Hierarchical beta processes and the Indian buffet process. This volume
 In Practical Nonparametric and Semiparametric Bayesian Statistics
, 2007
"... We show that the beta process is the de Finetti mixing distribution underlying the Indian buffet process of [2]. This result shows that the beta process plays the role for the Indian buffet process that the Dirichlet process plays for Chinese restaurant process, a parallel that guides us in deriving ..."
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Cited by 74 (14 self)
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We show that the beta process is the de Finetti mixing distribution underlying the Indian buffet process of [2]. This result shows that the beta process plays the role for the Indian buffet process that the Dirichlet process plays for Chinese restaurant process, a parallel that guides us in deriving analogs for the beta process of the many known extensions of the Dirichlet process. In particular we define Bayesian hierarchies of beta processes and use the connection to the beta process to develop posterior inference algorithms for the Indian buffet process. We also present an application to document classification, exploring a relationship between the hierarchical beta process and smoothed naive Bayes models. 1 1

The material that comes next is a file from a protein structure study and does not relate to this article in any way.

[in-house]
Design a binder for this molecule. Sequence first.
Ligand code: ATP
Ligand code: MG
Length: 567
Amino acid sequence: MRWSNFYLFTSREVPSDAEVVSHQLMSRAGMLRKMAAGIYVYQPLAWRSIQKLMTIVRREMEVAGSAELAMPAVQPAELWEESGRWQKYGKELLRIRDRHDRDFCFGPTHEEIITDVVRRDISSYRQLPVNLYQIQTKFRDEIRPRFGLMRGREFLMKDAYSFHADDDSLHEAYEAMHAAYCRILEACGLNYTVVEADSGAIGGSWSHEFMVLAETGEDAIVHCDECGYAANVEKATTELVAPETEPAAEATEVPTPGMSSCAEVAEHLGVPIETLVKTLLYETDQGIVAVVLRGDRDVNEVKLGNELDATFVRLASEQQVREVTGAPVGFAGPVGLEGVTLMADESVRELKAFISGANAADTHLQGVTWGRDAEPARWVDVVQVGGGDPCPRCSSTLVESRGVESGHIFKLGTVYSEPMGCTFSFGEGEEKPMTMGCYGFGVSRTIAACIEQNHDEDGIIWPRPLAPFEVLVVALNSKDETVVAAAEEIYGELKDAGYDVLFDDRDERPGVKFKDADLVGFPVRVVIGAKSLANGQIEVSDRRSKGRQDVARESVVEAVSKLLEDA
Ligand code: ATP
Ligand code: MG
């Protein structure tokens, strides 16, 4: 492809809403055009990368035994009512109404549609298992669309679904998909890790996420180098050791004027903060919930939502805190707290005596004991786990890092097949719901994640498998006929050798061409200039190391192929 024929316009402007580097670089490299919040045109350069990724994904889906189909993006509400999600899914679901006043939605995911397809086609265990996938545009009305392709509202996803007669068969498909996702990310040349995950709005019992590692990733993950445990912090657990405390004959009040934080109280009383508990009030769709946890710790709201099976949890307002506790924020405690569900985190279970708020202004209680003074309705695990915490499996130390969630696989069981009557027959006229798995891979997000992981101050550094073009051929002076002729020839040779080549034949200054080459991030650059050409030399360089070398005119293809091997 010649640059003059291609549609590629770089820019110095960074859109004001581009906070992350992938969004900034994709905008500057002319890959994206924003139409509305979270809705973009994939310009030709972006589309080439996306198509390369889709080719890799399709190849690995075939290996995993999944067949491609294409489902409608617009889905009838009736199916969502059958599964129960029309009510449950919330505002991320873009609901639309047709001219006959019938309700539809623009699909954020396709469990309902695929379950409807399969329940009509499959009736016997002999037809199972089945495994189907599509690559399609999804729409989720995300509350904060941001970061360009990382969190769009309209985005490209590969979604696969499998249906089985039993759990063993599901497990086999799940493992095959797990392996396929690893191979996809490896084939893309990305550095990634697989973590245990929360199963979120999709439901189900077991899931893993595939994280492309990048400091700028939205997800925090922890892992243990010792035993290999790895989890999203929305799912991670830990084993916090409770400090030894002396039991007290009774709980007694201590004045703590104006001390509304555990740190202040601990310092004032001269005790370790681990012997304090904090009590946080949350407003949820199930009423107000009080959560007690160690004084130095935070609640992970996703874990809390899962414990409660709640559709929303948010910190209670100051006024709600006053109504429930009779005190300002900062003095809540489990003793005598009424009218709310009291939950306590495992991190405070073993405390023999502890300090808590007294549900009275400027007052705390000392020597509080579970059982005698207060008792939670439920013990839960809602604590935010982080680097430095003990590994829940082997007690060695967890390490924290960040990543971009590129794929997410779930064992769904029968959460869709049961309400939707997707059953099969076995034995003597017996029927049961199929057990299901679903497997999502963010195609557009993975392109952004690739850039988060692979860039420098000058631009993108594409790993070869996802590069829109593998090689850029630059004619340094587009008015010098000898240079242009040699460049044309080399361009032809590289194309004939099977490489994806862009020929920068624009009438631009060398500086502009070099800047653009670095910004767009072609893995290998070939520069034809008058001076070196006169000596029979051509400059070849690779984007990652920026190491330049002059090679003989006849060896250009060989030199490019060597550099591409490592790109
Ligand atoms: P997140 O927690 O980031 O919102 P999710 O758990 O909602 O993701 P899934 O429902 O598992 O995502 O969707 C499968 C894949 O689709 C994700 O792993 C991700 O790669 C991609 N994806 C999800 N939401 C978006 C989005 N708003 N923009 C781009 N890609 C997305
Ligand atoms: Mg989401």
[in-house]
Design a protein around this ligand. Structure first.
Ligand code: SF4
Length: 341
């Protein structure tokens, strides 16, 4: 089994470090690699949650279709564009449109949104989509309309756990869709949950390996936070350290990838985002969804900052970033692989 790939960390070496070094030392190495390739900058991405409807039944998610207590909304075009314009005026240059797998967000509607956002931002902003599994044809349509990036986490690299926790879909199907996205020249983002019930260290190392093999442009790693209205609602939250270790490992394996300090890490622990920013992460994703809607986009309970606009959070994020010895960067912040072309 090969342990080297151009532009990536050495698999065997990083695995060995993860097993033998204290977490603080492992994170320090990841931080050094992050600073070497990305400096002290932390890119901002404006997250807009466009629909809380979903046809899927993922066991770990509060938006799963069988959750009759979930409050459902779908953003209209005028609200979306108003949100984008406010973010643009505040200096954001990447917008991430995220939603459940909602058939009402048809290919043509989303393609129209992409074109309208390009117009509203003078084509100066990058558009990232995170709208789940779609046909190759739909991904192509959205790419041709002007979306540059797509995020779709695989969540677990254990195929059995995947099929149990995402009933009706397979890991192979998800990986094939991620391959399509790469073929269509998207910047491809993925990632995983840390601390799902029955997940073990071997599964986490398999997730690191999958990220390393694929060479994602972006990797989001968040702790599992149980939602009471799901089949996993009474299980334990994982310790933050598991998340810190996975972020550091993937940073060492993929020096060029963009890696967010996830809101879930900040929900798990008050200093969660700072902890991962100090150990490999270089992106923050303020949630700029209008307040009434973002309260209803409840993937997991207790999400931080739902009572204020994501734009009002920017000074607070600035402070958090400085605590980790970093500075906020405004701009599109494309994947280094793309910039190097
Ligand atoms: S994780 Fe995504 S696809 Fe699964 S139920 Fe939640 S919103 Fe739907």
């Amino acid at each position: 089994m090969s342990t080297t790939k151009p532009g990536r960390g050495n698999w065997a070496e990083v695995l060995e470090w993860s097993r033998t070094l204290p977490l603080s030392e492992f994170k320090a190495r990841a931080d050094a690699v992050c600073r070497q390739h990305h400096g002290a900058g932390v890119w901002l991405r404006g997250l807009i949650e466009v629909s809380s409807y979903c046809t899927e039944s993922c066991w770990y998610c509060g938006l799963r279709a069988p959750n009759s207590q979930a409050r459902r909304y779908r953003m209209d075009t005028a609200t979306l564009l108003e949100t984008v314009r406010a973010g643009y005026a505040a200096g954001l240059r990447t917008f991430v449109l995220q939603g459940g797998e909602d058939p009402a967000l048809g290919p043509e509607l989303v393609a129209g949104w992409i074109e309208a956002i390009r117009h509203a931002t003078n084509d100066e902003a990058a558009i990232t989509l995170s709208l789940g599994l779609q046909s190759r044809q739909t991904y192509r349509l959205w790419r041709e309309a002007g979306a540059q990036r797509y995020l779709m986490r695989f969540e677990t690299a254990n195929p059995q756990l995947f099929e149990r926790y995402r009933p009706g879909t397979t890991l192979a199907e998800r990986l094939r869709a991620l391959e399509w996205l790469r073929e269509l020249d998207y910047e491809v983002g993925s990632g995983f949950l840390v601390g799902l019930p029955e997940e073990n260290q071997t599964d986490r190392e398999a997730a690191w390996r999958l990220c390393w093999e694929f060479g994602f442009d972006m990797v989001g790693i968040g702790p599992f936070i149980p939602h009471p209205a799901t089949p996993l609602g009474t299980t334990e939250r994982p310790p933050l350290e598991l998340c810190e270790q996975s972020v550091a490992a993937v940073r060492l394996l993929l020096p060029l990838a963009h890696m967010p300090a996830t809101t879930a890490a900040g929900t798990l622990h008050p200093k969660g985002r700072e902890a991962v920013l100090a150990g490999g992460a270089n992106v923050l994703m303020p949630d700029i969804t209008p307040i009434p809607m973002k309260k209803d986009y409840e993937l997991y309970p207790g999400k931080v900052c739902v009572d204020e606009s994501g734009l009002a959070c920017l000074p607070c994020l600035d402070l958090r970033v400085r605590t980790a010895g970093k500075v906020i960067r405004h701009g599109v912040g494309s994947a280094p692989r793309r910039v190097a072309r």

Describing visual scenes using transformed dirichlet processes
 Advances in Neural Information Processing Systems 18
, 2005
"... Motivated by the problem of learning to detect and recognize objects with minimal supervision, we develop a hierarchical probabilistic model for the spatial structure of visual scenes. In contrast with most existing models, our approach captures the intrinsic uncertainty in the number and identity o ..."
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Cited by 66 (7 self)